Nissen Richards Studio recently designed the new London exhibition at the Wallace Collection called Forgotten Masters: Indian Painting for the East India Company. Guest-curated by renowned writer and historian William Dalrymple, Forgotten Masters is the first UK exhibition of works by Indian master painters that were originally commissioned by officials from the East India Company in the late eighteenth and nineteenth centuries. The exhibition represents an unprecedented opportunity to see these vivid and highly original paintings together for the first time, recognizing them as among the greatest masterpieces of Indian painting.
Nissen Richards Studio undertook both the exhibition and the graphic design for the show, along with the script-editing. The graphics remit included interpretive information, as well as posters, banners and other marketing collateral. This is the studio's fourth project for the leading London gallery, following the graphic design on an exhibition on Sir Richard Wallace; the 3D and graphic design of Helmet Heads, featuring Henry Moore's celebrated series of helmet head sculptures, and the London Design Awards 2019 gold-winning project, An Enquiring Mind: Manolo Blahnik at the Wallace Collection.
The artists behind the stunning natural studies of flora and fauna in Forgotten Masters were never credited at the time of commission and the exhibition sets out to right that wrong by restoring proper authorship in almost all cases. The artists whose works are on show include Shaikh Zain ud-Din, Bhawani Das, Shaikh Mohammad Amir of Karriah, Sita Ram and Ghulam Ali Khan. An important aspect of Nissen Richards Studio's interpretive approach was the way in which the works are introduced to visitors, ensuring that for the first time, the artists come first, with artist portraits featuring in the very first vista of the exhibition.
The array of dazzling and often surprising artworks, which reflect both the beauty of the natural world and the social reality of the time, offer a rare glimpse of the cultural fusion between British and Indian artistic styles during the period. The artists hired by East India Company often created artwork albums, such as the famous Impey album, commissioned by Lady Mary Impey, and were heirs to an artistic tradition of precise observation whose roots lay in medieval Iraq and Iran. The miniaturist art style was brought to India by the Mughal Empire and the training it involved enabled artists to adapt to the later requirements of the science-obsessed English aristocrats and officials of the East India Company, using the modern paper insisted on by the commissioners, whilst still being presented in the Mughal album tradition. Other paintings in the exhibition focus on people, from soldiers to beggars, as well as on buildings, from the grandeur of the Taj Mahal to everyday village life.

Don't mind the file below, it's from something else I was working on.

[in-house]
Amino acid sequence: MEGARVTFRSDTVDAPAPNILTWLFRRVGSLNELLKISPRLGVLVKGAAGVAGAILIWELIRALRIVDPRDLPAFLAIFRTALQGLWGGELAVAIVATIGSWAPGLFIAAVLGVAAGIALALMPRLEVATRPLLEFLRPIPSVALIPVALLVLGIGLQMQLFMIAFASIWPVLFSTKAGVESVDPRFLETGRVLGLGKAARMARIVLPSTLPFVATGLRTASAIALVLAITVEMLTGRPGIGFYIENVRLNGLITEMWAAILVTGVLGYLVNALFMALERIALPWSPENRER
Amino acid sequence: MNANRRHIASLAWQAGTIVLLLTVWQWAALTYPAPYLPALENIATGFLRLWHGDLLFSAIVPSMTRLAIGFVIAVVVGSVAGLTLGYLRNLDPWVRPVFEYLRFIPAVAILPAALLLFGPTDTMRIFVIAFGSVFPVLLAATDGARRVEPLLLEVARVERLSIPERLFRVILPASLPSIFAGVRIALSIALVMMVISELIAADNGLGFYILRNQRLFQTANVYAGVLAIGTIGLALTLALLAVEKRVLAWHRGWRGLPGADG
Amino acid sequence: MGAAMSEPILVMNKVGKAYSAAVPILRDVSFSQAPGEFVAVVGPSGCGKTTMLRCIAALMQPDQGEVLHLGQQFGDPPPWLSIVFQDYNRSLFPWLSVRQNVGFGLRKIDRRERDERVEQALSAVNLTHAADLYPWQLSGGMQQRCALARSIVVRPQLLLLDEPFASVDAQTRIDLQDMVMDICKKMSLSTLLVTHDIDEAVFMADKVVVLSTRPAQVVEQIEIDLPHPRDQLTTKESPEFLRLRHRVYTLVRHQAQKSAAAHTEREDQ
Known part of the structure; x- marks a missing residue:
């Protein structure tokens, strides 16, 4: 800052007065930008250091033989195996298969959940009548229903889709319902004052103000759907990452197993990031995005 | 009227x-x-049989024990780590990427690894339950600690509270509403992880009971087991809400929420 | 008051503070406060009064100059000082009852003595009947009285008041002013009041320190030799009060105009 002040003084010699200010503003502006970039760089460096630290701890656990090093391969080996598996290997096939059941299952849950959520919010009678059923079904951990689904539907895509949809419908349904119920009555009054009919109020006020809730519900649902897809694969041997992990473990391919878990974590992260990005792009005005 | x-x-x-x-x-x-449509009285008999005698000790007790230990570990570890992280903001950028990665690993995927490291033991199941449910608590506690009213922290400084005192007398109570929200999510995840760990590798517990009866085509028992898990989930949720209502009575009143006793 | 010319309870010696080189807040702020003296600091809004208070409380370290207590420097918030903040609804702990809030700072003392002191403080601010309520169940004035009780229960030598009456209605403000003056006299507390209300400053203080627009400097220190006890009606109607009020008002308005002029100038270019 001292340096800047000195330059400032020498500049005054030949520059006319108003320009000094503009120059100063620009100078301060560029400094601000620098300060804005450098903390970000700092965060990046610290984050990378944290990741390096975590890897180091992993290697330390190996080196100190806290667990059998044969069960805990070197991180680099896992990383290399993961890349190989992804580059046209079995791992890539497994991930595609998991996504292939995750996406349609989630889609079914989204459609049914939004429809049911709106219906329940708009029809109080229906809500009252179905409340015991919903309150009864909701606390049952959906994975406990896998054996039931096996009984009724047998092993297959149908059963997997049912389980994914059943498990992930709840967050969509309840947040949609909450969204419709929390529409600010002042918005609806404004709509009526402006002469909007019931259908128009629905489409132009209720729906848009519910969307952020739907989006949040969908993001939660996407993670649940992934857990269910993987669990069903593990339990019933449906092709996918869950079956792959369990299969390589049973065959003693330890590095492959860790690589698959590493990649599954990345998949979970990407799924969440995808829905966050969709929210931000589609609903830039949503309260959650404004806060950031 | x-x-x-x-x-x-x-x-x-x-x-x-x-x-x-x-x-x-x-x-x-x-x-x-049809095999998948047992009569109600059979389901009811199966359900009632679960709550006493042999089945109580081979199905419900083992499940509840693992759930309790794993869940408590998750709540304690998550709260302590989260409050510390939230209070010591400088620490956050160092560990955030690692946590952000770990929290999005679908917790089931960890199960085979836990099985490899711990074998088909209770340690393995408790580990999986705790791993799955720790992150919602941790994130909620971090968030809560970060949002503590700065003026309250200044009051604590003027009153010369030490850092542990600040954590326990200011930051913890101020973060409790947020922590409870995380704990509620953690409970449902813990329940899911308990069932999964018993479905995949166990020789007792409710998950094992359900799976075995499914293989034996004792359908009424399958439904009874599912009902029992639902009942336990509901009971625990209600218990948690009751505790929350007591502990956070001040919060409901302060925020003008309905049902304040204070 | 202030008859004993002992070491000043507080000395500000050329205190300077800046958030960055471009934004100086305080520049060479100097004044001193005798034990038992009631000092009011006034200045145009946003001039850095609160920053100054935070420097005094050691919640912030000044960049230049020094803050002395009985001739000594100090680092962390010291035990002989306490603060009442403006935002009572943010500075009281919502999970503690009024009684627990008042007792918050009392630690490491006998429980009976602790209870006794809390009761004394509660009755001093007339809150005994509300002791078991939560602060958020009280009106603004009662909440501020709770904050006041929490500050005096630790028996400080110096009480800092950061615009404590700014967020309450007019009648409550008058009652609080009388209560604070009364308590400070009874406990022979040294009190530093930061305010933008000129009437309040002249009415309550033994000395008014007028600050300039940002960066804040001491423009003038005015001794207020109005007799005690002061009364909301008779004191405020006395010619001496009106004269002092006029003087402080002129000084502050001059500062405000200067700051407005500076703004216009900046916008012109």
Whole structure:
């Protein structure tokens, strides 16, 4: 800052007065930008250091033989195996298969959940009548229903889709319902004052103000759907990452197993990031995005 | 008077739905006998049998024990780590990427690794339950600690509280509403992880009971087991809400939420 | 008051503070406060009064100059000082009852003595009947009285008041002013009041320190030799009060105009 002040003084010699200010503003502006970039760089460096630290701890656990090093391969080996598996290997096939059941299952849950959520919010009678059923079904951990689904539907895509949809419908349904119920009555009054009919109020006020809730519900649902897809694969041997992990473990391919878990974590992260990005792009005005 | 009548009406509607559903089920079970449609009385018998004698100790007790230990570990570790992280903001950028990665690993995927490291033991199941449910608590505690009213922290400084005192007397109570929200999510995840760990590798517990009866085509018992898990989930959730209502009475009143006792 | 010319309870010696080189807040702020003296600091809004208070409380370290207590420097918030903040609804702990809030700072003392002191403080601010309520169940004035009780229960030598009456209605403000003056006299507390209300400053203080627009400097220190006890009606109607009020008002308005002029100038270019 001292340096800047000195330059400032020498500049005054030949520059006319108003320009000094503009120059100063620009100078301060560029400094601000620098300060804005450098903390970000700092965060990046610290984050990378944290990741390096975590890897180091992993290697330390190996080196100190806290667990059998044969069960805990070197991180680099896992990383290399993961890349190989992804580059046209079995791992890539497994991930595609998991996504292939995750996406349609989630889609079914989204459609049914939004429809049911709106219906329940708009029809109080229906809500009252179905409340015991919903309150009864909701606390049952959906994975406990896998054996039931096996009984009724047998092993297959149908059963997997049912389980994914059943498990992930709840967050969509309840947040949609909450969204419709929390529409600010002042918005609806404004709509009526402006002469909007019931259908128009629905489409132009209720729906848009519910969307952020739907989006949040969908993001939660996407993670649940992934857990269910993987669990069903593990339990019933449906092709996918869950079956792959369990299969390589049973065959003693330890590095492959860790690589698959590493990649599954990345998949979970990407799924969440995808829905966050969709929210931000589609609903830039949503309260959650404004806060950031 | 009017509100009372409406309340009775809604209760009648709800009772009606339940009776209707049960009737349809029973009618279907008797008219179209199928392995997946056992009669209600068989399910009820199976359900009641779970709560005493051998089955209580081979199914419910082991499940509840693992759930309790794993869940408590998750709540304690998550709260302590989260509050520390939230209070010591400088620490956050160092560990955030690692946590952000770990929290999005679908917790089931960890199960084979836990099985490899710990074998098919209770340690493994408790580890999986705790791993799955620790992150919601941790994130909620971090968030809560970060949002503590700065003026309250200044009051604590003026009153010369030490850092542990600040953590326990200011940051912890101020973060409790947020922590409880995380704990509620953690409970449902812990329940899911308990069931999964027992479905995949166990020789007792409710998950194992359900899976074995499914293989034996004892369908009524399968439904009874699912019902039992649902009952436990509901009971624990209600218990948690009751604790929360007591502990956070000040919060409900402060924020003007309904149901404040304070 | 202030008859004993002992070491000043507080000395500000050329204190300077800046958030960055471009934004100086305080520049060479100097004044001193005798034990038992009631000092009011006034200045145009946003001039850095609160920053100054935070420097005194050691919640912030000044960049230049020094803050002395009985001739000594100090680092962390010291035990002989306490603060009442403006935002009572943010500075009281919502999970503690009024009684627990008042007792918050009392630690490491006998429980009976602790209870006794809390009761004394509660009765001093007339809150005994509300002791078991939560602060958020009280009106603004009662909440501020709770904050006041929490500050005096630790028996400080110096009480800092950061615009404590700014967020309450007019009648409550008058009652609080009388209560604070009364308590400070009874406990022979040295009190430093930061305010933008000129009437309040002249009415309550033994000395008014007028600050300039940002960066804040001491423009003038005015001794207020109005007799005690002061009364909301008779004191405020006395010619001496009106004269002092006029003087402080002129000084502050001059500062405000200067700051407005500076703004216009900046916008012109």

"Our approach to the exhibition design for this very special project was to explore different ways of siting the artworks against a bright colour on long colourful vistas, picking up on the colours within the artworks and enabling them to resonate further," Nissen Richards Studio Director Pippa Nissen commented. "We also created dynamic physical thresholds between sections through new wall structures and the use of colour to indicate a change in focus or period."
The exhibition layout creates a very different feel for this space than that of previous exhibitions so that it feels notably fresh for visitors. The long central space has been subdivided into room-sets to create five thematic showcase areas, using single-colored walls that relate to and complement the paintings in order to create instinctive step-changes for visitors, as well as new, sub-dividing wall structures that stand proud of the perimeter and create the feel of a series of rooms. The internal surface of the linking threshold doorways has been painted a cool white to create a theatrical break between themes and underline a sense of transition. When visitors look down the whole space, these flashes of white create an accent between the brighter colors. The existing light-mid toned timber flooring also ensures an overall sense of balance with the saturated intensity of the colored walls.
The sections of the exhibition are The Master Artists of Lucknow; Sheikh Muhammed Amir of Karriya and Yellopah of Vallore; The Natural World; The Master Artists of the Impey Album; The Late Mughal Master Artists of Delhi and Agra; Sita Ram and the Hastings album. The interiors of the showcases that punctuate the space have been lined in a fabric that suggests the natural textures of silk dupion in bright colors that contrast with the walls. Information on individual artists and artworks is presented via a simple and subtle graphics approach that references the symmetry of the botanicals within the artworks on display. Information on each of the five showcase sections has been applied directly onto the walls in black or white and set within decorative borders inspired by the paintings. A similar decorative motif has also been used for the map locations in the entrance area.
Photography: Gareth Gardner